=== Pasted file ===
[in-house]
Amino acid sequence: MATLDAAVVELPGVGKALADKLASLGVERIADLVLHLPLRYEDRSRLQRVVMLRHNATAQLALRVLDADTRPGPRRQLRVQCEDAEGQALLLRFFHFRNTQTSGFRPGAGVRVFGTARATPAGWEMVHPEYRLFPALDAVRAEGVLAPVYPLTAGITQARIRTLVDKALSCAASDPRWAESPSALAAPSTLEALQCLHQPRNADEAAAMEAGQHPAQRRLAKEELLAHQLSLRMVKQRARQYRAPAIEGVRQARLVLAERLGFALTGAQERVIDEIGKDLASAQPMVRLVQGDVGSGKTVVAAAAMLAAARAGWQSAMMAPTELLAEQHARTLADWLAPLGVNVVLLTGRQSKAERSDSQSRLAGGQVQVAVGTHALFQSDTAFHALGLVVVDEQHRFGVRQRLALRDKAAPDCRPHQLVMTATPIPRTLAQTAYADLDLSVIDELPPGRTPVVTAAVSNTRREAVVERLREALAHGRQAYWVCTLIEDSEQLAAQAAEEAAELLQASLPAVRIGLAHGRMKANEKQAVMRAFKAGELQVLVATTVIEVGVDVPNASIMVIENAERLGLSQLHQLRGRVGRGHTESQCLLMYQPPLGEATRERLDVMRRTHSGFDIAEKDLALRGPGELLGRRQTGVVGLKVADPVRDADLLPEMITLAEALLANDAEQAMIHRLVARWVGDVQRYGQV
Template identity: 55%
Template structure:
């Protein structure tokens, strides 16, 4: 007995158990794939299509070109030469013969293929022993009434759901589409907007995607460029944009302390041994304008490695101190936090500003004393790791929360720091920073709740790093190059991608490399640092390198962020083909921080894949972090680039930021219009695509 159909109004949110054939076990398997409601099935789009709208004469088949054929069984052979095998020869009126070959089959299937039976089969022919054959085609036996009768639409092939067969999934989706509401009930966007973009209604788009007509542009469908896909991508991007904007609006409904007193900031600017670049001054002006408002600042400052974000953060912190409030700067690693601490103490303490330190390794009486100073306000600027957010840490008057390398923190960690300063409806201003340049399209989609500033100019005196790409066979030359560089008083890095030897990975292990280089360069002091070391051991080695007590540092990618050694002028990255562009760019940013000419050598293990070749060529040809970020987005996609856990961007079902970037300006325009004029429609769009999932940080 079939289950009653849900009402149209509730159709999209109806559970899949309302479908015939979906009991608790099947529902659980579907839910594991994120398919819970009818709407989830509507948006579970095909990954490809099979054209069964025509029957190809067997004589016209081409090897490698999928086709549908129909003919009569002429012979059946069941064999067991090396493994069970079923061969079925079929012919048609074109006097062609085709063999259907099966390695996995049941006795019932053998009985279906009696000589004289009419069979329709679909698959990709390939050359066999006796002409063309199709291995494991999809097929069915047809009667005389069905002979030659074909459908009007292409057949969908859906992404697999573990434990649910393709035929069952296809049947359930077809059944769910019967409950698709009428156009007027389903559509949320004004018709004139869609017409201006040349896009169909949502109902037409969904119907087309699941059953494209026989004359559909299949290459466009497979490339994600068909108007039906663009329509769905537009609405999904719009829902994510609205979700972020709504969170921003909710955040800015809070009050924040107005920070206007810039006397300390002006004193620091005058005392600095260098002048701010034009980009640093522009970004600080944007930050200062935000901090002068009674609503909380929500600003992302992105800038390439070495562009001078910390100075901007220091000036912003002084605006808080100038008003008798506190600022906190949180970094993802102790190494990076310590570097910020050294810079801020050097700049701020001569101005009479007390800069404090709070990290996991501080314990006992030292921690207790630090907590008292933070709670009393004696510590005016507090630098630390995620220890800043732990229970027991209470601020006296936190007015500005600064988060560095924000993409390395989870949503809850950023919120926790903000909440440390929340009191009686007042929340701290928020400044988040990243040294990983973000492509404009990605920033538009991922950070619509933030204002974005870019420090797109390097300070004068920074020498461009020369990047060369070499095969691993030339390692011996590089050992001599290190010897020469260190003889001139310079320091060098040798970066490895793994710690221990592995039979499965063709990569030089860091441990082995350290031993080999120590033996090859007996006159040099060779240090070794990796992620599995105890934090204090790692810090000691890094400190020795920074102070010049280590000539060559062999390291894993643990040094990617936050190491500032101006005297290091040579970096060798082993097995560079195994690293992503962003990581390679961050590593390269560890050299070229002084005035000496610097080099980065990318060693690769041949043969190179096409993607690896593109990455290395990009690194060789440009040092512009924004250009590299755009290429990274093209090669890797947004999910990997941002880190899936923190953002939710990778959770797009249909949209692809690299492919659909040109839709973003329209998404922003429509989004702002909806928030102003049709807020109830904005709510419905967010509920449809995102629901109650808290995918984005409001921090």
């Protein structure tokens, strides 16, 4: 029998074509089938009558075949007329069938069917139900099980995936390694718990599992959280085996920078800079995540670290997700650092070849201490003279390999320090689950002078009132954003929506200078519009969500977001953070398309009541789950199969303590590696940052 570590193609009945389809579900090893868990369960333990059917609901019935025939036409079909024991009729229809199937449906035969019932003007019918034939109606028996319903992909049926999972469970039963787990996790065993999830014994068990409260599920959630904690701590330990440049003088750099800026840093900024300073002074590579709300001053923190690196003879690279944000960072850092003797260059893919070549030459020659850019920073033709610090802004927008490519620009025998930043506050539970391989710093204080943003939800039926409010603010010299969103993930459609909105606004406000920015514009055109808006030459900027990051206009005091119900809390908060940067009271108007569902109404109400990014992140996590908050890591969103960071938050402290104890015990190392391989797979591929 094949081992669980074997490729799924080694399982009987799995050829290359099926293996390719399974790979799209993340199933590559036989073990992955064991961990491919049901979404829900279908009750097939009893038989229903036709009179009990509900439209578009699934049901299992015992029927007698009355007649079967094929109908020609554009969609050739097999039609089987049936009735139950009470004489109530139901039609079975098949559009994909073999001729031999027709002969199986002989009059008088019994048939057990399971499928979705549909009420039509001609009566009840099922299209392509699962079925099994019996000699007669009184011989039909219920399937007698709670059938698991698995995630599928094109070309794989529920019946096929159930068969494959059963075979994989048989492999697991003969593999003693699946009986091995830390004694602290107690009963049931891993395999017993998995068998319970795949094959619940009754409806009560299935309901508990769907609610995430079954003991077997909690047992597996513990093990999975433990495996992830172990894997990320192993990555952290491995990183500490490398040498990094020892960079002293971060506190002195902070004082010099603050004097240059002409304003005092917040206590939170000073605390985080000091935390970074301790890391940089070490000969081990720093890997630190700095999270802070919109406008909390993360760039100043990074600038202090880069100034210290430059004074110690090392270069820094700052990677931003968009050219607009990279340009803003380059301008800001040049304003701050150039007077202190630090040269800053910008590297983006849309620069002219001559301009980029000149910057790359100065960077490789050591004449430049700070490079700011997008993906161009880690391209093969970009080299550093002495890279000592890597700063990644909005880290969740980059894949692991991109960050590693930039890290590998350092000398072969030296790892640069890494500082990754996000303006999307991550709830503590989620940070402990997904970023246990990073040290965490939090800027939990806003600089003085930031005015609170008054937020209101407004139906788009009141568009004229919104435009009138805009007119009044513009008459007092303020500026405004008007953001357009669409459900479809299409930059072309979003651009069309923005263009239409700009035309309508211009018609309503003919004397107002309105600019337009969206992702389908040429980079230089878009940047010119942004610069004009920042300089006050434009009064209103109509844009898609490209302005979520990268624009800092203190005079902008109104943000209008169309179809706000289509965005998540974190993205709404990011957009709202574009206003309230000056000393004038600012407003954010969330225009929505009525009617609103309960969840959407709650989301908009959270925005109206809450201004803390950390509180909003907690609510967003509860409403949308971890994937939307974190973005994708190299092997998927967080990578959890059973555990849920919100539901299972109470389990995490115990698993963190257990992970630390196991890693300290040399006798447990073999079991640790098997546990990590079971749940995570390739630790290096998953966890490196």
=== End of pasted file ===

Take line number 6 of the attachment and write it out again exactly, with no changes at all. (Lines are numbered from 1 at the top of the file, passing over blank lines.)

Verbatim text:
């Protein structure tokens, strides 16, 4: 029998074509089938009558075949007329069938069917139900099980995936390694718990599992959280085996920078800079995540670290997700650092070849201490003279390999320090689950002078009132954003929506200078519009969500977001953070398309009541789950199969303590590696940052 570590193609009945389809579900090893868990369960333990059917609901019935025939036409079909024991009729229809199937449906035969019932003007019918034939109606028996319903992909049926999972469970039963787990996790065993999830014994068990409260599920959630904690701590330990440049003088750099800026840093900024300073002074590579709300001053923190690196003879690279944000960072850092003797260059893919070549030459020659850019920073033709610090802004927008490519620009025998930043506050539970391989710093204080943003939800039926409010603010010299969103993930459609909105606004406000920015514009055109808006030459900027990051206009005091119900809390908060940067009271108007569902109404109400990014992140996590908050890591969103960071938050402290104890015990190392391989797979591929 094949081992669980074997490729799924080694399982009987799995050829290359099926293996390719399974790979799209993340199933590559036989073990992955064991961990491919049901979404829900279908009750097939009893038989229903036709009179009990509900439209578009699934049901299992015992029927007698009355007649079967094929109908020609554009969609050739097999039609089987049936009735139950009470004489109530139901039609079975098949559009994909073999001729031999027709002969199986002989009059008088019994048939057990399971499928979705549909009420039509001609009566009840099922299209392509699962079925099994019996000699007669009184011989039909219920399937007698709670059938698991698995995630599928094109070309794989529920019946096929159930068969494959059963075979994989048989492999697991003969593999003693699946009986091995830390004694602290107690009963049931891993395999017993998995068998319970795949094959619940009754409806009560299935309901508990769907609610995430079954003991077997909690047992597996513990093990999975433990495996992830172990894997990320192993990555952290491995990183500490490398040498990094020892960079002293971060506190002195902070004082010099603050004097240059002409304003005092917040206590939170000073605390985080000091935390970074301790890391940089070490000969081990720093890997630190700095999270802070919109406008909390993360760039100043990074600038202090880069100034210290430059004074110690090392270069820094700052990677931003968009050219607009990279340009803003380059301008800001040049304003701050150039007077202190630090040269800053910008590297983006849309620069002219001559301009980029000149910057790359100065960077490789050591004449430049700070490079700011997008993906161009880690391209093969970009080299550093002495890279000592890597700063990644909005880290969740980059894949692991991109960050590693930039890290590998350092000398072969030296790892640069890494500082990754996000303006999307991550709830503590989620940070402990997904970023246990990073040290965490939090800027939990806003600089003085930031005015609170008054937020209101407004139906788009009141568009004229919104435009009138805009007119009044513009008459007092303020500026405004008007953001357009669409459900479809299409930059072309979003651009069309923005263009239409700009035309309508211009018609309503003919004397107002309105600019337009969206992702389908040429980079230089878009940047010119942004610069004009920042300089006050434009009064209103109509844009898609490209302005979520990268624009800092203190005079902008109104943000209008169309179809706000289509965005998540974190993205709404990011957009709202574009206003309230000056000393004038600012407003954010969330225009929505009525009617609103309960969840959407709650989301908009959270925005109206809450201004803390950390509180909003907690609510967003509860409403949308971890994937939307974190973005994708190299092997998927967080990578959890059973555990849920919100539901299972109470389990995490115990698993963190257990992970630390196991890693300290040399006798447990073999079991640790098997546990990590079971749940995570390739630790290096998953966890490196």